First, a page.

Focused Forum from IMC-2015 - 28:47
by Jeff Shiver, People & Processes
Thinking back over your career, you have probably lived through (and survived) many initiatives that ultimately required some level of culture transformation. Surely you recognize the tools; reliability centered maintenance, root cause analysis, total production manufacturing, lean, six sigma and theory of constraints, and so on. Often times, these initiatives were poorly funded and resourced. Add to that the competing objectives with cost cutting and downsizing, not to mention multiple objectives at the same time. It’s not unlike management throwing spaghetti against the wall to see what sticks. Reality is that most doesn’t. So it’s not surprising that 70-75% of initiatives fail to yield the anticipated results. I’ve been there and done that too.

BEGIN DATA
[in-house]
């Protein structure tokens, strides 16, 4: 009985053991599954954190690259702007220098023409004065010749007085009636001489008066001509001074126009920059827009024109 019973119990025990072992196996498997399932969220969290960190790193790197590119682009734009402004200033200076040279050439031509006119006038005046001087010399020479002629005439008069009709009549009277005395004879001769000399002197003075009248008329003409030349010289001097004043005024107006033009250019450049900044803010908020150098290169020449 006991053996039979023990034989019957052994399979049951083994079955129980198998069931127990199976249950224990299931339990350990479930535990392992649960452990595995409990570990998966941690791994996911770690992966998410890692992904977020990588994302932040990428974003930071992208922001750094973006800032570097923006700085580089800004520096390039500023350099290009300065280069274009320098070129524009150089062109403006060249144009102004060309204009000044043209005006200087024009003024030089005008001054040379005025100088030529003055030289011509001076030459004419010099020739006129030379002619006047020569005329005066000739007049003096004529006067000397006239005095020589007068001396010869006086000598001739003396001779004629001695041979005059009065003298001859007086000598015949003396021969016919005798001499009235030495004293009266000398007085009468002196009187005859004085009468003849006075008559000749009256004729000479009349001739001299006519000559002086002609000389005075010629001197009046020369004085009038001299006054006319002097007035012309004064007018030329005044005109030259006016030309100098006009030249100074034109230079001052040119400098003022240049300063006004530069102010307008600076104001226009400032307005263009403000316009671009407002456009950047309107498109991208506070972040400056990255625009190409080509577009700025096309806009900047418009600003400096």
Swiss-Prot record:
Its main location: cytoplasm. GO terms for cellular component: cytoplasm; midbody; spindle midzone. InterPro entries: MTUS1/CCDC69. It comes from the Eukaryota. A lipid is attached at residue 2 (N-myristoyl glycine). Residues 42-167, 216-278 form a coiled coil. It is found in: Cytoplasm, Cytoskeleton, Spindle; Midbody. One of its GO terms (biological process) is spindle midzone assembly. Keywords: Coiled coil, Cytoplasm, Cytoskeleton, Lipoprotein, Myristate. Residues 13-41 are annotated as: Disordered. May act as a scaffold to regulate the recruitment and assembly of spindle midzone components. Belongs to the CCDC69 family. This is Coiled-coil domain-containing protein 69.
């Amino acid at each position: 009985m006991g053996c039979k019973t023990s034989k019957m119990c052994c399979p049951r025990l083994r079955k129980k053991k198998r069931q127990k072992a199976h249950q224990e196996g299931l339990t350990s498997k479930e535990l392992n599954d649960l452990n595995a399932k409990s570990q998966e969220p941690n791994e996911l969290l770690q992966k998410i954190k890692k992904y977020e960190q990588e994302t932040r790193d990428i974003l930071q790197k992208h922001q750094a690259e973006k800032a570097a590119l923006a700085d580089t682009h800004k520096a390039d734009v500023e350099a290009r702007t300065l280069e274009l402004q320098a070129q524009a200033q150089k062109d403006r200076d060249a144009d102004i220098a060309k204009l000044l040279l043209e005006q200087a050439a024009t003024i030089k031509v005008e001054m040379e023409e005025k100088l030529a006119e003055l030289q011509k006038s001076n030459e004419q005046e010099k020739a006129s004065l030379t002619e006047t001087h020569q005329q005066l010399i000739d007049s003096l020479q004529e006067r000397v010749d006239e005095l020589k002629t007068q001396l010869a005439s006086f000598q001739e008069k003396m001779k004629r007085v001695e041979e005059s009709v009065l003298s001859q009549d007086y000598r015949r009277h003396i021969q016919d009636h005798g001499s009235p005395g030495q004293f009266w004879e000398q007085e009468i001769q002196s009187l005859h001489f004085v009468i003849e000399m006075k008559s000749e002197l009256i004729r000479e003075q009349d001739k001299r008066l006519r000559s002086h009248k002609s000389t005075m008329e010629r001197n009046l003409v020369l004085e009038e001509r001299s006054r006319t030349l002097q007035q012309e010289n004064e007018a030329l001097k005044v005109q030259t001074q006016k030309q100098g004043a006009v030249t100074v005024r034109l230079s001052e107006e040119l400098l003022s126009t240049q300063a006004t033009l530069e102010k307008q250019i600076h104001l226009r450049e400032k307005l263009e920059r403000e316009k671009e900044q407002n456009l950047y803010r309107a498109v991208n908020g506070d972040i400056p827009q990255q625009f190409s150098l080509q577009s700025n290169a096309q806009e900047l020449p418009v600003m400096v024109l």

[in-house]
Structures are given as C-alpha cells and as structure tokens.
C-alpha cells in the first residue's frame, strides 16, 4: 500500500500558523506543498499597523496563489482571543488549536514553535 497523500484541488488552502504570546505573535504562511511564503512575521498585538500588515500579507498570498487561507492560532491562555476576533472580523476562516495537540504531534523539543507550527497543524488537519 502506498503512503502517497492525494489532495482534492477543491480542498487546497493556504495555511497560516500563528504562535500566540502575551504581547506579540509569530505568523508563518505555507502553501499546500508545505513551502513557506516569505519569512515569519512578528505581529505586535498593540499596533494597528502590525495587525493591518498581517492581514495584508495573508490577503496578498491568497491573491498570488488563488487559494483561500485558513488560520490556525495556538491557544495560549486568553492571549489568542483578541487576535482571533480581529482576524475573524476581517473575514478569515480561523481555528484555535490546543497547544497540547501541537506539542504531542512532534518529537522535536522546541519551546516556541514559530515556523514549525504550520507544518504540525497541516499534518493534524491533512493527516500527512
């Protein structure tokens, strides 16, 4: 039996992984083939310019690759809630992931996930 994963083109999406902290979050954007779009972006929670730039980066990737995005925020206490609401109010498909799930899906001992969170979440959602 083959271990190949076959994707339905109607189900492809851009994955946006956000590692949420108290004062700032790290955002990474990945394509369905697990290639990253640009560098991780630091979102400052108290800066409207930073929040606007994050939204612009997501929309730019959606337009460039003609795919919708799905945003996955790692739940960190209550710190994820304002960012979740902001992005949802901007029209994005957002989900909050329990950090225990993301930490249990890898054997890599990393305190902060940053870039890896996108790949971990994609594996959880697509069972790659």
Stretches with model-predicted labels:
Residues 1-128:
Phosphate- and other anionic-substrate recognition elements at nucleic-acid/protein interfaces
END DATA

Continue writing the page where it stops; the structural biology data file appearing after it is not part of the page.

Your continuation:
If we consider our goals, they are somewhat straightforward. Engage the people, meet the customer requirements, and generate profits for the business. To do that, we need reliability in all things; the people, the equipment, and the processes. But reliability does not come from fixing things faster or planning the work as examples. The reliability we seek comes from defect elimination in all those things; the people, equipment, and processes. If we consider these defects, the majority are random and driven by behaviors. Behaviors translate to culture. Culture beats strategy hands down. The challenge becomes not changing but transforming the culture, transforming the behaviors. People buy-in to change when they help create it. So, rather than a top down “thou shalt” strategy, we have to provide a compass for change. Creating that compass and engagement requires leadership, Reliability Leadership.